More recently, the narrative surrounding the invasion itself and the mass exodus of Ukrainians into neighbouring countries has itself been marred by racial undertones. After the invasion, several news reporters expressed shock that Russia had invaded a “relatively civilised, relatively European country…where you wouldn’t expect that or hope that it’s going to happen” and “not a developing third-world nation”. This suggests that conflict and its ramifications are somehow endemic to Africa and the Middle East, despite being ahistorical, has prominently influenced the response to the crises, particularly when it comes to refugees.
The UNHCR estimates that some 6.2 million people have fled Ukraine since the start of the conflict making it the biggest refugee crisis anywhere since the Second World War. Yet, the reactions from neighbouring European countries to Ukrainian refugees have been markedly different to that of refugees fleeing crises elsewhere. In the immediate aftermath of the invasion, the European Union scrambled to implement a hitherto unused Temporary Protection Directive which exempts Ukrainian refugees from standard EU asylum protocols and virtually bestows European citizenship rights upon them for up to 3 years. Even Hungary’s nationalist president, Victor Orban, has relaxed his hard-line approach to immigration and has opened the country’s borders to over 600,000 Ukrainian refugees, distinguishing these “refugees” from migrants, who he has previously referred to as poison.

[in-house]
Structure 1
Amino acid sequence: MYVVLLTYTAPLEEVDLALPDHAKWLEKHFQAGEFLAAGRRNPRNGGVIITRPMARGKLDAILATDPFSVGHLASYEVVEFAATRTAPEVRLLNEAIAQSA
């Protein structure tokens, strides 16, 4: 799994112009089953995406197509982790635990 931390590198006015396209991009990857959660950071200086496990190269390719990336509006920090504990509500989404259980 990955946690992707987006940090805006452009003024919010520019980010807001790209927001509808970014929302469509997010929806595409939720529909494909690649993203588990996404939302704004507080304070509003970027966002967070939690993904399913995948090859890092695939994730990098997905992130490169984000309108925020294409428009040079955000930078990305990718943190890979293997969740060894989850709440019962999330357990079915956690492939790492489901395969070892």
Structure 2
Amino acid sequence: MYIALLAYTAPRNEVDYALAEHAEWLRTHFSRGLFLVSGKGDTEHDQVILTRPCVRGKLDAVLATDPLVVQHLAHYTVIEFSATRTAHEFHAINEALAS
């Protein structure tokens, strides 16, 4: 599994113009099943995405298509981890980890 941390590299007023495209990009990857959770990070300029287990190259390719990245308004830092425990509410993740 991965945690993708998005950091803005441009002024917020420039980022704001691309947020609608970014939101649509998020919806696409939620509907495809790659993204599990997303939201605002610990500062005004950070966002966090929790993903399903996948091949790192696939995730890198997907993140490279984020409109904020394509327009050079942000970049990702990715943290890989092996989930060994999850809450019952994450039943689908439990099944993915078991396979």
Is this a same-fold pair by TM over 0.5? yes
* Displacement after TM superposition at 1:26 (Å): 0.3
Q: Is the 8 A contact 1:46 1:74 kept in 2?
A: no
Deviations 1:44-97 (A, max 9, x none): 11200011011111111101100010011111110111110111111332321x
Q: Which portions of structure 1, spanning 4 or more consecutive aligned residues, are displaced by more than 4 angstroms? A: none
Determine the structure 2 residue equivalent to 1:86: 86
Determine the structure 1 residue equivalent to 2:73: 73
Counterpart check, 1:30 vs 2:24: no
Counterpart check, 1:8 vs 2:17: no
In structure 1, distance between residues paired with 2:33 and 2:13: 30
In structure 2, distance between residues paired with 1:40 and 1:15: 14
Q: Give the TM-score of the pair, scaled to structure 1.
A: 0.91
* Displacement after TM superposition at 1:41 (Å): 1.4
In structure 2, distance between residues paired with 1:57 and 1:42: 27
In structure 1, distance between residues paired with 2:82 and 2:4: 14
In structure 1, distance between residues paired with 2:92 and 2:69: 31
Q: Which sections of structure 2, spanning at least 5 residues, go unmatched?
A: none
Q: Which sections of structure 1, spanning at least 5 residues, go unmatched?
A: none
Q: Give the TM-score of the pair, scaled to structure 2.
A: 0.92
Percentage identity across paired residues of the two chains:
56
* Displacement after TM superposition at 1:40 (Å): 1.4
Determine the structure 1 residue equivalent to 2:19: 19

In view of the above, the priority of African governments has been to get their citizens who have been embroiled in this conflict to safety and to figure out what steps to take for the continuation of their studies elsewhere. This has meant that African countries have been cautious not to make any rash decisions which could draw the ire of Russia since there are almost 10,000 more African students in Russia than they were in Ukraine before the crisis especially when opportunities available for Ukrainian refugee students to continue their education in third countries are not extended to African students as well.
Sam Kwadwo Owusu-Ansah | Lead Research Analyst, Transnational Policy | email@example.com